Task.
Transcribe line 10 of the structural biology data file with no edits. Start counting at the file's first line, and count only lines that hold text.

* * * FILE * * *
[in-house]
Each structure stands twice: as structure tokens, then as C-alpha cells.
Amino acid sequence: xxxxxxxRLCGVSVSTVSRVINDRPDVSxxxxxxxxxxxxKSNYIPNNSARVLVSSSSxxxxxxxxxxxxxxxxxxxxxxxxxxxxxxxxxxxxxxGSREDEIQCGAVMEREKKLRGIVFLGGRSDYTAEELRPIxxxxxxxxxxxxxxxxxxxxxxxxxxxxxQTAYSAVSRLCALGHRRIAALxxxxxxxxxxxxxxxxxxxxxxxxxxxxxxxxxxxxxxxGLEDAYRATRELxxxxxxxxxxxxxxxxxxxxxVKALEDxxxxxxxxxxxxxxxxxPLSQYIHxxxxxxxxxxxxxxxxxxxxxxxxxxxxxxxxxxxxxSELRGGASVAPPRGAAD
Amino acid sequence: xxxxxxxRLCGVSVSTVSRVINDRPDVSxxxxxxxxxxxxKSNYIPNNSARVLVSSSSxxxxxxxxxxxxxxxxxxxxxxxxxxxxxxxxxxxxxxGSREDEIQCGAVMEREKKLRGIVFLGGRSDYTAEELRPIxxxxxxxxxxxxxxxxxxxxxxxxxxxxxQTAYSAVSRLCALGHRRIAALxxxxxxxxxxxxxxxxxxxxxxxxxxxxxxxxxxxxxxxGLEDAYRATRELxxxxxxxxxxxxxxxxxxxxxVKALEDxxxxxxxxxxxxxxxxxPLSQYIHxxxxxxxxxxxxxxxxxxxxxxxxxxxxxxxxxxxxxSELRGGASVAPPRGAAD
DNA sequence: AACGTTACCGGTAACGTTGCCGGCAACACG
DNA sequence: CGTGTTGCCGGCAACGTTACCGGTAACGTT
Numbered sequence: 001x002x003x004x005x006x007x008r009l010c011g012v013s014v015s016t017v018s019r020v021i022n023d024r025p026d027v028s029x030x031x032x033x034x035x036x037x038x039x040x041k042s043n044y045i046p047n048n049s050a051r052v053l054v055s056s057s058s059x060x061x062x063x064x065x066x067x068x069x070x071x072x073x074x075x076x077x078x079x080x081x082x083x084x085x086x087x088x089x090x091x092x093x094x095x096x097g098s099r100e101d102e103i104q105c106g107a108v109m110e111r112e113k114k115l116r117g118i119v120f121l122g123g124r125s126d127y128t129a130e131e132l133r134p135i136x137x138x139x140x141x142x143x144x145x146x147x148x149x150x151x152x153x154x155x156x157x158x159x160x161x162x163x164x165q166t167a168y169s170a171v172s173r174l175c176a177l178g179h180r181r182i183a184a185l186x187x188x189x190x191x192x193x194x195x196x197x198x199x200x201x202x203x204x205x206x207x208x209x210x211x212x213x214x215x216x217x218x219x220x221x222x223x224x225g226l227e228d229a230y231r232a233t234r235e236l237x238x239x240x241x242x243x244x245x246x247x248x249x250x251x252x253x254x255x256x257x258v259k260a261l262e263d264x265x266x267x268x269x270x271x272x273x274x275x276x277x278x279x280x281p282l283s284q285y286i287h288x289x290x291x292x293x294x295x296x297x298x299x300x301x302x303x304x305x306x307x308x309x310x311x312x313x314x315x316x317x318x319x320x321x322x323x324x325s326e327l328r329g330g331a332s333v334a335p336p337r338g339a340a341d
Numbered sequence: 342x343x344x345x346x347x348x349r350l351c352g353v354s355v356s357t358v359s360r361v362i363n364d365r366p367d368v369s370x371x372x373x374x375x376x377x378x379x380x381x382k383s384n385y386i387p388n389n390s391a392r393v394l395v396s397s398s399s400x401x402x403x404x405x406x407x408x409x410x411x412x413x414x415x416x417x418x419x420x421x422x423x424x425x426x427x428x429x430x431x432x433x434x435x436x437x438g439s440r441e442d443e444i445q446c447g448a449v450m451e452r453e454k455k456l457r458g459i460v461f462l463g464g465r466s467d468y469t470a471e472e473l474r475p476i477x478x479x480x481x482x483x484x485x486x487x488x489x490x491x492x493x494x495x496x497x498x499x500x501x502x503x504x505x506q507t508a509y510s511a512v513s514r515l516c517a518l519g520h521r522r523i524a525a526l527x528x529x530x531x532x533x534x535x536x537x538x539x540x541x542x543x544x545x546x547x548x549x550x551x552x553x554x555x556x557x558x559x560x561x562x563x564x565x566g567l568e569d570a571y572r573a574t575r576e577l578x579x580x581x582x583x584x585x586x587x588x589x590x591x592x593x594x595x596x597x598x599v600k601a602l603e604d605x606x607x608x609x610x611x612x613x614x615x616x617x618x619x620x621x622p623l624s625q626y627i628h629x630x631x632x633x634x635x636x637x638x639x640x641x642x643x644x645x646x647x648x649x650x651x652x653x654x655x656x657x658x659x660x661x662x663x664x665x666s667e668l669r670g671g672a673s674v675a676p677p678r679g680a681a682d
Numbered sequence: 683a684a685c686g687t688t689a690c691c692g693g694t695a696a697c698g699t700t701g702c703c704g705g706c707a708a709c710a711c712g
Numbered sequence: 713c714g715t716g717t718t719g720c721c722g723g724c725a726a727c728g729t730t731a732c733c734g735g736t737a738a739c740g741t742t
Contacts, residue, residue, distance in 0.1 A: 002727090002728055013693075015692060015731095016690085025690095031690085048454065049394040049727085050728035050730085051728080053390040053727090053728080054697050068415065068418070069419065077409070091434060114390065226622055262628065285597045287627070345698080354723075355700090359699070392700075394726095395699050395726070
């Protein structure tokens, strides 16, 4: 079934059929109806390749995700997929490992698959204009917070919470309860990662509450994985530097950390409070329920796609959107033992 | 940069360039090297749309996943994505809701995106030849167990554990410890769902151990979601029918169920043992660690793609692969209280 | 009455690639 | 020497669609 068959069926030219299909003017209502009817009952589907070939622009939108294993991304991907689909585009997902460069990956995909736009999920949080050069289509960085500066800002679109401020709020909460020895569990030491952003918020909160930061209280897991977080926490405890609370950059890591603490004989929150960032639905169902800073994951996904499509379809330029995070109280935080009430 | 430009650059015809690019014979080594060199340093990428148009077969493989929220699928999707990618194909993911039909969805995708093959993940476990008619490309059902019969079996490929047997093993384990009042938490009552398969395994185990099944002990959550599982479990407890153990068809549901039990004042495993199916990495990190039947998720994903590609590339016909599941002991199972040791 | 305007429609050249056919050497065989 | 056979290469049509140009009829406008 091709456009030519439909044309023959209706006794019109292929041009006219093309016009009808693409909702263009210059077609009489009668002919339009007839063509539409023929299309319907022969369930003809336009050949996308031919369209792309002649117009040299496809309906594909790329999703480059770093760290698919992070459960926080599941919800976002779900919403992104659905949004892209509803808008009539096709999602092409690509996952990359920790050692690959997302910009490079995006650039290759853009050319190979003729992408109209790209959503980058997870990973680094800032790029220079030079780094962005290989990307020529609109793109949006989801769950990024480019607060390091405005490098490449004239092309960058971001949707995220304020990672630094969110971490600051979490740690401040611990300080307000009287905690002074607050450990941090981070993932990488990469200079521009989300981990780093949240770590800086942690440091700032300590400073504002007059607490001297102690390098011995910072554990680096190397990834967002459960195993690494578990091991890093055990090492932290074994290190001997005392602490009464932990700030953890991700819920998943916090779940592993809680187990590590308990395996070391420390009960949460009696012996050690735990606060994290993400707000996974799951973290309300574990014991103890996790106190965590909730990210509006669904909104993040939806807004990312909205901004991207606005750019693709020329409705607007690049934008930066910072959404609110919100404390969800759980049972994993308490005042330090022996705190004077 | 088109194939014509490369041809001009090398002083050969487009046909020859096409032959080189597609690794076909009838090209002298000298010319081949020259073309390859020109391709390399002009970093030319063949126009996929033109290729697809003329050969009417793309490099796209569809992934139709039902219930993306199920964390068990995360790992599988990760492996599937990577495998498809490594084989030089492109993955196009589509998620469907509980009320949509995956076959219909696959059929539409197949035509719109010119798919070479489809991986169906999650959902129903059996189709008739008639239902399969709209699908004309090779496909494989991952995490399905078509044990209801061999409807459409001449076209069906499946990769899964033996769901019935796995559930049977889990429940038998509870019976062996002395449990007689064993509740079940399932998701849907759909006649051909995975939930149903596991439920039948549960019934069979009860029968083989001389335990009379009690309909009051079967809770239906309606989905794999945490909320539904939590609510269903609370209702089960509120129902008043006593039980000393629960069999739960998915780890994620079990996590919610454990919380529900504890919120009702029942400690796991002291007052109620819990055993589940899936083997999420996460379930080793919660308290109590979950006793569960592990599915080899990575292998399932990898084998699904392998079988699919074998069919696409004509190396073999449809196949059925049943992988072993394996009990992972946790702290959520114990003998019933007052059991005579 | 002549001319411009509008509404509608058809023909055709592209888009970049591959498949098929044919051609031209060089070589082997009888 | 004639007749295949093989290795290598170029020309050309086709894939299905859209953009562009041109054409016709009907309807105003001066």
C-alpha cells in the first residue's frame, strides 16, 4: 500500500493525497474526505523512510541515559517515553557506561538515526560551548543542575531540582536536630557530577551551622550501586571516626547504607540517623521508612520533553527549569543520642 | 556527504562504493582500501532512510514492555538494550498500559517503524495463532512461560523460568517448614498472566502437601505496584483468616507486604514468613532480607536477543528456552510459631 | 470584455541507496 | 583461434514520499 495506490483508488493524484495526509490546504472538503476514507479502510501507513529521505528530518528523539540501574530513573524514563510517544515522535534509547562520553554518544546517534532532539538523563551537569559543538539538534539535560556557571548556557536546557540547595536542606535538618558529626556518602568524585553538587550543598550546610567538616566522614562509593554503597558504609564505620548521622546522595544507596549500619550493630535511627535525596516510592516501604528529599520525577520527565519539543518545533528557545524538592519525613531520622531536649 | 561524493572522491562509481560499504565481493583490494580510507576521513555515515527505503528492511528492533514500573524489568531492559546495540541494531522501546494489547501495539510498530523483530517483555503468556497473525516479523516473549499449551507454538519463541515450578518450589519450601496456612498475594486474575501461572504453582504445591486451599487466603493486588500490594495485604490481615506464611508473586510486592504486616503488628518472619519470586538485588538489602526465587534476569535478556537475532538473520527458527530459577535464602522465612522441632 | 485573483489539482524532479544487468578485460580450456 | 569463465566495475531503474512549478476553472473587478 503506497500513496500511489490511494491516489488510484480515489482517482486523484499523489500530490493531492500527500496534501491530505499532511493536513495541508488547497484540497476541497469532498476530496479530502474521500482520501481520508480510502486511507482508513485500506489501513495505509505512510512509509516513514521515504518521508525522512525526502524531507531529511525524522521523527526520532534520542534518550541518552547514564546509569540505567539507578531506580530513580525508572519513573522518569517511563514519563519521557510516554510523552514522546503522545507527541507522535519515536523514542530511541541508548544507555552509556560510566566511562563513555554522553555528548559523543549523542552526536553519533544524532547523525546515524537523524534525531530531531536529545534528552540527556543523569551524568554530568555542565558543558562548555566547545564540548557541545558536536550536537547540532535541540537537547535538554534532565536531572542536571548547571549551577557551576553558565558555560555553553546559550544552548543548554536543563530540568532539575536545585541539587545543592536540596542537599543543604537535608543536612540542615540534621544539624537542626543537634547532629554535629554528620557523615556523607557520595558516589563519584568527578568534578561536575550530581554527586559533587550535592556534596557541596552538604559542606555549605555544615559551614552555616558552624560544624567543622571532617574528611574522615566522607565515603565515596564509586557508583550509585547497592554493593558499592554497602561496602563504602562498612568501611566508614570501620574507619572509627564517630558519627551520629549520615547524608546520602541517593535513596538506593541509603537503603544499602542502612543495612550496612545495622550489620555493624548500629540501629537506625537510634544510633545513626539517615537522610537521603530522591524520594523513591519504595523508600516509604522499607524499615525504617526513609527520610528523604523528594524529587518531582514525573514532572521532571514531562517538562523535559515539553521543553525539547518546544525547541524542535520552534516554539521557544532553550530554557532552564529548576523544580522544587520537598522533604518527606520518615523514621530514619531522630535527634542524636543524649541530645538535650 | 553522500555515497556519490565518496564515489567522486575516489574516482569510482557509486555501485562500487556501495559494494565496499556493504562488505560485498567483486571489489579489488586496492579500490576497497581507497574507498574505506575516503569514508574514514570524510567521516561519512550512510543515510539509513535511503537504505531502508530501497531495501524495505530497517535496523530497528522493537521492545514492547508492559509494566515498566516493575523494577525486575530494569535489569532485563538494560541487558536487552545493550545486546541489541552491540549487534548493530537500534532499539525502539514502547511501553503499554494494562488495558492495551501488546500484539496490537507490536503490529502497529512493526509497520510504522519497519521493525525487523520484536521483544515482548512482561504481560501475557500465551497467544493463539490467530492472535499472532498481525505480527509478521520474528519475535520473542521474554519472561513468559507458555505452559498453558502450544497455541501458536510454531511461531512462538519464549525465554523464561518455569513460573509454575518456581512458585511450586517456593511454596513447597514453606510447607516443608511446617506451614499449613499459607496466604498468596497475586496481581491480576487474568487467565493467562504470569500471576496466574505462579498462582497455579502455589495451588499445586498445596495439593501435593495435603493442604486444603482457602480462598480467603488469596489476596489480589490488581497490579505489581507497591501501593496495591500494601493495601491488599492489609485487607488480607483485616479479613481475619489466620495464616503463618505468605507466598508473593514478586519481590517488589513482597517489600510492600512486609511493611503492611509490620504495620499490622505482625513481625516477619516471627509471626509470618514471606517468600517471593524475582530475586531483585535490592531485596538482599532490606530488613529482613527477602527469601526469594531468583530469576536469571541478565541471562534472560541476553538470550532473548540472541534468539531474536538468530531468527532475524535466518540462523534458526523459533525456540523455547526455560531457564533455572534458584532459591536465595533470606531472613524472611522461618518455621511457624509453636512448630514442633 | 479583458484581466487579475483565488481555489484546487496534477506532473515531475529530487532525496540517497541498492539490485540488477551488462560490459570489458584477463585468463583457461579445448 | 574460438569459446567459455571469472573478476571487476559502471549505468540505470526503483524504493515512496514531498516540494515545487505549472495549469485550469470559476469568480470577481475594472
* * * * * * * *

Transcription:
Numbered sequence: 713c714g715t716g717t718t719g720c721c722g723g724c725a726a727c728g729t730t731a732c733c734g735g736t737a738a739c740g741t742t